In recent years, driving, which has long been a standard way of life, has been the source of many national campaigns. Why? In great part because the new generation of driver is much more distracted than those who came before him and in greater need of driver education. While the leaps taken in technology have undoubtedly made our lives easier and more entertaining, there are also risks that come with such dependence on mobile devices. Furthermore, a generation that is constantly on the move – for work and for fun – is more prone to climb behind the wheel in unsafe conditions. That does not refer only to intoxication, but also to extreme fatigue.
While none of these driving behaviors are ever safe, overall driving risk can be mitigated by teaching proper driving techniques. Unfortunately, teens are not the only ones facing busy schedules, sleepless nights, and many hours logged in travel. Their parents are just as likely to be running at this fast pace, as they attempt to compete in an ever-changing business world. That leaves little time for driver education, increasing the need for a more formal education.
Driving is a difficult task, though we may not always recall that. After driving for years, the task can feel as natural as walking, but that is not the case for those just climbing behind the wheel. There is a lot that must be accomplished from the driver’s seat, which is an important fact to recall as you take to the St. Petersburg roads with a teen driver behind the wheel. Above and beyond the obvious physical demands of judging space, speed, and distance, while reacting to all three, there is also a large social aspect.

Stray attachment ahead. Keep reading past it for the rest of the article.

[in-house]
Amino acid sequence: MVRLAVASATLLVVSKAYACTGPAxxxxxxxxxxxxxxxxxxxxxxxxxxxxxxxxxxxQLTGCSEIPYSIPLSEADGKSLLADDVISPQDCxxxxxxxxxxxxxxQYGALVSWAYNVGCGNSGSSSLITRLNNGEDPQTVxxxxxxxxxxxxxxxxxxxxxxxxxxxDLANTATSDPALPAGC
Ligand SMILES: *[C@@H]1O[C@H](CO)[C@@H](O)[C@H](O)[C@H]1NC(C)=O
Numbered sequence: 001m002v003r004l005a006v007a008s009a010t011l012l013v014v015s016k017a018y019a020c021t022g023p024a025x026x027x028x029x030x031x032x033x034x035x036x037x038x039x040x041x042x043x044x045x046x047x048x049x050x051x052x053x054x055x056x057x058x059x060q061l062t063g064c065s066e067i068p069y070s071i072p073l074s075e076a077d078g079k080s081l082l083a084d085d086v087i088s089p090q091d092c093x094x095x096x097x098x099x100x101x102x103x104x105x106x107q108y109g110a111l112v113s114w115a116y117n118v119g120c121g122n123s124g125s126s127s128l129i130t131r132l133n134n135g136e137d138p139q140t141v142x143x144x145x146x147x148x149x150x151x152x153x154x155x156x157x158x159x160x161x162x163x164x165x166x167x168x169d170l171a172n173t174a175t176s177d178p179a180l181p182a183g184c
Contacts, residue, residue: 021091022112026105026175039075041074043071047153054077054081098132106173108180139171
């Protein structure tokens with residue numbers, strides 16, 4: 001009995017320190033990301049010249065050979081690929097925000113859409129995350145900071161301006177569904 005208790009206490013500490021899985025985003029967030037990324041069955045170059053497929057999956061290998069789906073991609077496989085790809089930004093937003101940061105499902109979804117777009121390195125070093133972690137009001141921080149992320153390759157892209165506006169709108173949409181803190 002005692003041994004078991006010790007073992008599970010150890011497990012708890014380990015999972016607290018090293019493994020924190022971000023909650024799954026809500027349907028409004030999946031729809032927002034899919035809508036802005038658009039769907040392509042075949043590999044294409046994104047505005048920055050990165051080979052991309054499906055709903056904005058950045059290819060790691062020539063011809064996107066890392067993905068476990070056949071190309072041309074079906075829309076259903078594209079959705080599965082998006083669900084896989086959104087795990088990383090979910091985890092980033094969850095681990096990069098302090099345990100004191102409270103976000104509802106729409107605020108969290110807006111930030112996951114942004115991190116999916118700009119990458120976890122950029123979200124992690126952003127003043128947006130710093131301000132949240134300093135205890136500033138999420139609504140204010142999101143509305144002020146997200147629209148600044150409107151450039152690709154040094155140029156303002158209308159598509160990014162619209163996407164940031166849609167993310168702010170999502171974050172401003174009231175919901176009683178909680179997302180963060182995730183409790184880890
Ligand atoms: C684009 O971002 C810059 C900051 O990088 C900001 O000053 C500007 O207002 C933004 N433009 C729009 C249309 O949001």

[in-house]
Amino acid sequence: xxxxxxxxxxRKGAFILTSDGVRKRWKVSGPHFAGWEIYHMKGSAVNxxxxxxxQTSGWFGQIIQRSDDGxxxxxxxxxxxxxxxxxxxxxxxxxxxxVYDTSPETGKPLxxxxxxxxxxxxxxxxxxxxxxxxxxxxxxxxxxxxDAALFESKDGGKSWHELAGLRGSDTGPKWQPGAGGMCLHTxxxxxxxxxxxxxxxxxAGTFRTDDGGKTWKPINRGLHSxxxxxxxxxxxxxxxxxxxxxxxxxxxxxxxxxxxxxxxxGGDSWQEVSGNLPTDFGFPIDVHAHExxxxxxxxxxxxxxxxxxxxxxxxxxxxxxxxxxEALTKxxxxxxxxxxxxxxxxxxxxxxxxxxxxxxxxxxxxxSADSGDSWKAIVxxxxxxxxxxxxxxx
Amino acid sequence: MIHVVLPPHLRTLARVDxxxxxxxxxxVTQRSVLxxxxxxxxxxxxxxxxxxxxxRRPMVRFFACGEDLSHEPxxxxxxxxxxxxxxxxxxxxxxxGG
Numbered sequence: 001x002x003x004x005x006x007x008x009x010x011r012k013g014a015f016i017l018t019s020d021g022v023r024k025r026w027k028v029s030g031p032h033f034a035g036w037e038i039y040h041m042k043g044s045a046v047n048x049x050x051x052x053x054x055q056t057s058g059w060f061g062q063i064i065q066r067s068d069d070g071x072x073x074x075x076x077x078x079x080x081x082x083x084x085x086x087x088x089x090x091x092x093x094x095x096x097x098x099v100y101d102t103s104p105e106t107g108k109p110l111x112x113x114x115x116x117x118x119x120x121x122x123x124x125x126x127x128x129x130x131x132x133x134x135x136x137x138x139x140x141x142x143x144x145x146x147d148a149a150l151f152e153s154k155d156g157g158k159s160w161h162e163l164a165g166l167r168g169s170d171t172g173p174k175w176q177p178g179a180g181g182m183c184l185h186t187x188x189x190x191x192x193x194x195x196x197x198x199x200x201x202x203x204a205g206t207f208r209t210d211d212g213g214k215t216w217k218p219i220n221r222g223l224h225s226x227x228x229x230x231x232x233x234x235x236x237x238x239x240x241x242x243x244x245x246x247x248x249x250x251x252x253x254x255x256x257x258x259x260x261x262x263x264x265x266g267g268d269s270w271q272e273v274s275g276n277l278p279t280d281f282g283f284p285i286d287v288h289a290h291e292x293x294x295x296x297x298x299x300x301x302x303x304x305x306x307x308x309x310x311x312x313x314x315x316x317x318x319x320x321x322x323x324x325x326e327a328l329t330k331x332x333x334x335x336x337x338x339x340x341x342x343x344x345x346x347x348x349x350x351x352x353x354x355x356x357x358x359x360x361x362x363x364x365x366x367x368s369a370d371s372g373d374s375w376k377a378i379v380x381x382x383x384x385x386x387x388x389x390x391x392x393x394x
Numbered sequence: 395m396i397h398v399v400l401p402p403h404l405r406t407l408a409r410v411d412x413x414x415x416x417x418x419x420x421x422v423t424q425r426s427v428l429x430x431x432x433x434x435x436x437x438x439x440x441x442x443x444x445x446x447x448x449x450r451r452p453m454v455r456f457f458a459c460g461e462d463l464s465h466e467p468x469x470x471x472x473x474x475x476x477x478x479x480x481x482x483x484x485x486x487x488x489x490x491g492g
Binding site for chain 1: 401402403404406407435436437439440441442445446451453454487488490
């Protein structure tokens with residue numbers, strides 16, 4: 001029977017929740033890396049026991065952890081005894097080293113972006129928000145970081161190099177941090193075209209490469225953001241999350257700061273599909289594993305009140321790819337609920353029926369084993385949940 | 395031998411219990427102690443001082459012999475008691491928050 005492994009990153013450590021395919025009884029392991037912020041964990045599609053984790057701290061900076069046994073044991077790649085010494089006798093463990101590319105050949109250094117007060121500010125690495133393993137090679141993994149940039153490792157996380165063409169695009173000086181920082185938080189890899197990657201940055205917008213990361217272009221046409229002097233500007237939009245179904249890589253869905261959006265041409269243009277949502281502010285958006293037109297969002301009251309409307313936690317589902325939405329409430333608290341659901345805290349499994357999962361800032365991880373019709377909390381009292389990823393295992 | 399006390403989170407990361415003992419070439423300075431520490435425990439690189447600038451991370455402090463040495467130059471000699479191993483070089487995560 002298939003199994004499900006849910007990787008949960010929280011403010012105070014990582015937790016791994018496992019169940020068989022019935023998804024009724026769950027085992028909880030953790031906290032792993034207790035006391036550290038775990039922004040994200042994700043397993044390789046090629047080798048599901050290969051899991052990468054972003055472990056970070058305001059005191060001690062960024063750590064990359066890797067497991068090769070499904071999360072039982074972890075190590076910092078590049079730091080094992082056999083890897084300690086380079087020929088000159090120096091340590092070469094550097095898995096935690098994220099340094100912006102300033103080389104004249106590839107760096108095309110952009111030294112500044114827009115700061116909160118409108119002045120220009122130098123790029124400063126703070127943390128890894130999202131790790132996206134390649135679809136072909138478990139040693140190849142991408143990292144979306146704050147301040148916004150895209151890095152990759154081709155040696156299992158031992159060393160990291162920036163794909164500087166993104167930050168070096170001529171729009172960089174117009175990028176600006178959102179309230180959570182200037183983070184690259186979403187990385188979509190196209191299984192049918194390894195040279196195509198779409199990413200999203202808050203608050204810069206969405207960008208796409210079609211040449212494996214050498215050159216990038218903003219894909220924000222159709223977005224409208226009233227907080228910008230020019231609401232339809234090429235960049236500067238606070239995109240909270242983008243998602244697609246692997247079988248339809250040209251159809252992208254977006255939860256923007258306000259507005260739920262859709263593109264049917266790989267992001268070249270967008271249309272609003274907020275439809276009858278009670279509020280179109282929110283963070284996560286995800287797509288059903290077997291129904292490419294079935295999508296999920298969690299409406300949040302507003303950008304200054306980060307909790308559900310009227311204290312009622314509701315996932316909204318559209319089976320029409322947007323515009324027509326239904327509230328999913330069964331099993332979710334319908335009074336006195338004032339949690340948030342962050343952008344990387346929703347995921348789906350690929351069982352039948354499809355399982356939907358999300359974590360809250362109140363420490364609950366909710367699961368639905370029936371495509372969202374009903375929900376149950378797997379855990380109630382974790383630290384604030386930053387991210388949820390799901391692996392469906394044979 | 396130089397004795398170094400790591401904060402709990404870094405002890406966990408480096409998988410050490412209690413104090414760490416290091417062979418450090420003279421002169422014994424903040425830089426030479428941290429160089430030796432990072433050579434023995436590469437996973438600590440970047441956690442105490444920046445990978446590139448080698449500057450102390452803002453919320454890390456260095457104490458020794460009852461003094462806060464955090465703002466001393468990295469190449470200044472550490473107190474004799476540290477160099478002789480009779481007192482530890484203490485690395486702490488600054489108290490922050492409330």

Teaching the basics of steering, braking, turning, etc., there is also the need for education regarding driving etiquette. Who goes first when two cars are stopped at Saint Petersburg intersections? When is it appropriate to change lanes to accommodate merging traffic or fast approaching vehicles? These are just two of the many questions that can be answered in drivers’ education courses. Additionally, these classes help reinforce the importance of putting the phone down, of being fully awake behind the wheel, and always avoiding the use of any substance that could alter a person’s driving ability.
Florida mandates that all new drivers spend some time in the classroom. Before a license will be issued, a driver must clock time in some sort of drivers’ education course. Often those offered at Florida school districts will suffice, but that is not always the case, and this fact should be checked with the school board. For those who do not have the luxury of such a program within the school, there are Traffic Law and Substance Abuse Education Courses. These courses are becoming increasingly handy for students, with much of the written education taking place online.
It is important to recall that drivers’ education courses are meant to supplement regular driving practice with a parent or other trusted adult. They cannot fully replace such efforts. A driver operating under a learner’s license is not legally permitted to apply for an operator’s license until he or she has clocked 50 hours behind the wheel alongside an adult 21 years or older.
These steps toward properly educating the future drivers of this country can also help prevent future roadside accidents. Remember, a personal injury attorney can help you collect the compensation you need to cover medical expenses and repair bills, but this only applies if someone else was at fault in the accident. Furthermore, even the best lawyers cannot heal permanent injuries or bring a loved one back to life. Isn’t it worth investing your time into properly educating your teen?